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Natural mortality (M) is a key parameter for understanding population dynamics, especially in relation to harvested populations. Direct observations of M in crustaceans are scarce, due to the moulting process. Indirect methods to estimate M with easier-to-obtain life history attributes are therefore used routinely. Given their theoretical background, we reviewed the applicability of these methods for crustaceans. We applied the selected methods to two crustacean species harvested in Chilean waters: the yellow squat lobster (Cervimunida johni) and red squat lobster (Pleuroncodes monodon). Uncertainty of each M estimate was incorporated in the life history parameters that input into the indirect method (trait-error) and parameters defining the indirect method (coefficient-trait-error). Methods based on the relationship between total mortality and maximum age, or with different ages and based on life history theory were the most appropriate for crustaceans since they apply across taxa. M estimates showed high variability between species, sexes and areas. Estimations of M for C. johni varied from 0.13 to 0.28 (year−1) for males and 0.17 to 0.51 (year−1) for females. For P. monodon values for the north varied from 0.26 to 0.37 (year−1) for males and 0.24 to 0.45 (year−1) for females. In the south, values of M were higher for both males (0.43–0.68 year−1) and females (0.41–1.06 year−1). High variability in the M estimates was associated with the method and number of parameters, their uncertainty, theoretical background and probability distribution. M estimates are not comparable, raising the need to propagate the uncertainty of M into the stock assessment of Chilean squat lobsters.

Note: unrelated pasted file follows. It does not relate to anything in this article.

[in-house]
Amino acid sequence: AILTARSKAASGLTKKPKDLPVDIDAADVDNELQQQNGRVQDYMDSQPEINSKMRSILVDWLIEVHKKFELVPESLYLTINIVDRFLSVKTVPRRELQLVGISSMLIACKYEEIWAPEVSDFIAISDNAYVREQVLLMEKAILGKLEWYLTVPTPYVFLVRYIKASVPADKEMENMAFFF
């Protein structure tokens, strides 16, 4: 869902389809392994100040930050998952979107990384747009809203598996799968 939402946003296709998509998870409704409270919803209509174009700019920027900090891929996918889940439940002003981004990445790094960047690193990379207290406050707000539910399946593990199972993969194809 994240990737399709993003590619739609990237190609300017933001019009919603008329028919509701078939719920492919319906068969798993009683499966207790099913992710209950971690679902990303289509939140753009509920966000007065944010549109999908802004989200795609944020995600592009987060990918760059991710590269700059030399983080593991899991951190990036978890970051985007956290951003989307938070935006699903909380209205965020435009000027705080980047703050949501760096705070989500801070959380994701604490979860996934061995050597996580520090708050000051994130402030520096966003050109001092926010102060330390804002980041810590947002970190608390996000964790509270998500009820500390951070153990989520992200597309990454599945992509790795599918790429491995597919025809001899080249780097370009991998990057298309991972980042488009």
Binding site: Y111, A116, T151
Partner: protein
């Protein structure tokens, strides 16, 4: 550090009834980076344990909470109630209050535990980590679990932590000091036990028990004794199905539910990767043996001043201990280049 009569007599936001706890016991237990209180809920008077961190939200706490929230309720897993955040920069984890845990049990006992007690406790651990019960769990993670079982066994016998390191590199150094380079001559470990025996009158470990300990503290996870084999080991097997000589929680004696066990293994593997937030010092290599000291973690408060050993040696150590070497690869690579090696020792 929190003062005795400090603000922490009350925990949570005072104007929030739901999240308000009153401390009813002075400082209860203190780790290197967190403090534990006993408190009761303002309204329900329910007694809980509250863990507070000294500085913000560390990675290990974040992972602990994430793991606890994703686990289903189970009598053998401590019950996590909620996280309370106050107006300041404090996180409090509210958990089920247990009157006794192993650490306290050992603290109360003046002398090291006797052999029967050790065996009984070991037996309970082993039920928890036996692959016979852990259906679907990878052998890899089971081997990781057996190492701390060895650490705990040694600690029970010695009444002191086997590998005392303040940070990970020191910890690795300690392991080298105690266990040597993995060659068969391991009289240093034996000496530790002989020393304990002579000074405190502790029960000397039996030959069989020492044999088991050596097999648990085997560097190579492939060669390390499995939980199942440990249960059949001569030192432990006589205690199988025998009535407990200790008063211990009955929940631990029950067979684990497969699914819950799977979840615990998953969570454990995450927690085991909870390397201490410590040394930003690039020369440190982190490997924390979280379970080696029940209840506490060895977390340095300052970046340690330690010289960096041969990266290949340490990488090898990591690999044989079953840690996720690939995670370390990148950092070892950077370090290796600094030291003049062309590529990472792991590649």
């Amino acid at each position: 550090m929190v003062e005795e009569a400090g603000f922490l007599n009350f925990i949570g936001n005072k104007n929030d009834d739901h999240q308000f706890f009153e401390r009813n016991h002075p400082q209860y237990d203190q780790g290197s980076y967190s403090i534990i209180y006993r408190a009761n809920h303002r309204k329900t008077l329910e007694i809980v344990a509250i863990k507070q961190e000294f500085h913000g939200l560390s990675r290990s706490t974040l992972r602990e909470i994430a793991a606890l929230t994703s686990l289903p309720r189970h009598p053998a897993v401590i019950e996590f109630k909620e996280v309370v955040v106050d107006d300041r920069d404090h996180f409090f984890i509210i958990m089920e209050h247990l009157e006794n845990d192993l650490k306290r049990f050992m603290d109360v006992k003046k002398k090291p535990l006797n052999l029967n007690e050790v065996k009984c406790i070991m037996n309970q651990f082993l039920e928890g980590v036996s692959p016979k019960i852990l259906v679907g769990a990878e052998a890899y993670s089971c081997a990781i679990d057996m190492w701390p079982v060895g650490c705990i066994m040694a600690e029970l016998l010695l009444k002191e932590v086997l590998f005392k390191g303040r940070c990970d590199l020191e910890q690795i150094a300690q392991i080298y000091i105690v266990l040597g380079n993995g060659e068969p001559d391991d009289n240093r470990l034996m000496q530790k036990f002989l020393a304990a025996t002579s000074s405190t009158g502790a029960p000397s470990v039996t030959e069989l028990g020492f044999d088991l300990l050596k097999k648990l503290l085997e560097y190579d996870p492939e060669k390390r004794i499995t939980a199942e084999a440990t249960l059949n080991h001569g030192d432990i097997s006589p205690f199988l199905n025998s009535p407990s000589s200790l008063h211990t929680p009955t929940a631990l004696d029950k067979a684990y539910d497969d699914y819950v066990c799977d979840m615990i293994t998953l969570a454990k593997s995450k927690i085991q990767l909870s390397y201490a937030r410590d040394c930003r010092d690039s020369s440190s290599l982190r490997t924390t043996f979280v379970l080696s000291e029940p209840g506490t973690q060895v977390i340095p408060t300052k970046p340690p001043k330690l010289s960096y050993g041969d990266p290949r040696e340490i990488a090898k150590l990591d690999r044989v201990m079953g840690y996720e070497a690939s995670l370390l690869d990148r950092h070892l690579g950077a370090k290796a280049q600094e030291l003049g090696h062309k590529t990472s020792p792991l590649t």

Errors in data are a part of life for experimenters in science and engineering. This chapter considers the types of errors, including random and systematic error that can occur during an experiment and methods by which uncertainties arising from such errors can be combined. Many worked examples are included in this chapter, as well as exercises for the student to complete
No matter how much care is taken during an experiment, or how sophisticated the equipment used, values obtained through measurement are influenced by errors. Errors can be thought of as acting to conceal the true value of the quantity sought through experiment. Random errors cause values obtained through measurement to occur above and below the true value. This chapter considers statistically-based methods for dealing with variability in experimental data such as that caused by random errors. As statistics can be described as the science of assembling, organising and interpreting numerical data, it is an ideal tool for assisting in the analysis of experimental data.
With the creation of the Brady Plan – a program developed by US Treasury Secretary Nicholas Brady in 1989 to convert national debt into bonds following the Latin American debt crisis – emerging market countries joined their wealthier cousins as important participants in global bond and equity markets. The subsequent profitability and popularity of emerging market bonds combined with the securitization of other debts (most notably the packaging of mortgages into tradable securities), the creation of a wide range of increasingly sophisticated finance instruments and the normalization of free capital mobility led to a dramatic surge in the growth of private-sector liquidity and sparked the development of the extraordinarily highly interconnected global financial marketplace that we live in today. The resulting globalization of finance has transformed the international financial system from one dominated by official, public sources of capital to one in which private-sector components of liquidity now permeate virtually all facets of the financial system.